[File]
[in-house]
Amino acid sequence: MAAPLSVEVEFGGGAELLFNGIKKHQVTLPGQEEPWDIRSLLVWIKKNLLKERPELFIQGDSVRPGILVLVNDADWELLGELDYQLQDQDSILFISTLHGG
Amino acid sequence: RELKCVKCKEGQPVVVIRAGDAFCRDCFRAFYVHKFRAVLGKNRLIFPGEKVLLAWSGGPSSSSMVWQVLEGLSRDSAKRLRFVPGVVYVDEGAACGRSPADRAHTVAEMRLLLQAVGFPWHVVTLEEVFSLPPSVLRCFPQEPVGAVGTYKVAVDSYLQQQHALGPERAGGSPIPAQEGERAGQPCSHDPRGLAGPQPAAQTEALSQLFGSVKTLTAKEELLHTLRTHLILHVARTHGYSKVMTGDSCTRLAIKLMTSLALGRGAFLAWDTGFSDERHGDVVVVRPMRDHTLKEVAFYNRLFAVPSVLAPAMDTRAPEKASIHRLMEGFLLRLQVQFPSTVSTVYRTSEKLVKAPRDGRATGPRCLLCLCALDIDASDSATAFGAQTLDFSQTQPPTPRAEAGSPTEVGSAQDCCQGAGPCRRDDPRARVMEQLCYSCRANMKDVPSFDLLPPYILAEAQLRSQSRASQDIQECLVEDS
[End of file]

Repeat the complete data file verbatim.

[in-house]
Amino acid sequence: MAAPLSVEVEFGGGAELLFNGIKKHQVTLPGQEEPWDIRSLLVWIKKNLLKERPELFIQGDSVRPGILVLVNDADWELLGELDYQLQDQDSILFISTLHGG
Amino acid sequence: RELKCVKCKEGQPVVVIRAGDAFCRDCFRAFYVHKFRAVLGKNRLIFPGEKVLLAWSGGPSSSSMVWQVLEGLSRDSAKRLRFVPGVVYVDEGAACGRSPADRAHTVAEMRLLLQAVGFPWHVVTLEEVFSLPPSVLRCFPQEPVGAVGTYKVAVDSYLQQQHALGPERAGGSPIPAQEGERAGQPCSHDPRGLAGPQPAAQTEALSQLFGSVKTLTAKEELLHTLRTHLILHVARTHGYSKVMTGDSCTRLAIKLMTSLALGRGAFLAWDTGFSDERHGDVVVVRPMRDHTLKEVAFYNRLFAVPSVLAPAMDTRAPEKASIHRLMEGFLLRLQVQFPSTVSTVYRTSEKLVKAPRDGRATGPRCLLCLCALDIDASDSATAFGAQTLDFSQTQPPTPRAEAGSPTEVGSAQDCCQGAGPCRRDDPRARVMEQLCYSCRANMKDVPSFDLLPPYILAEAQLRSQSRASQDIQECLVEDS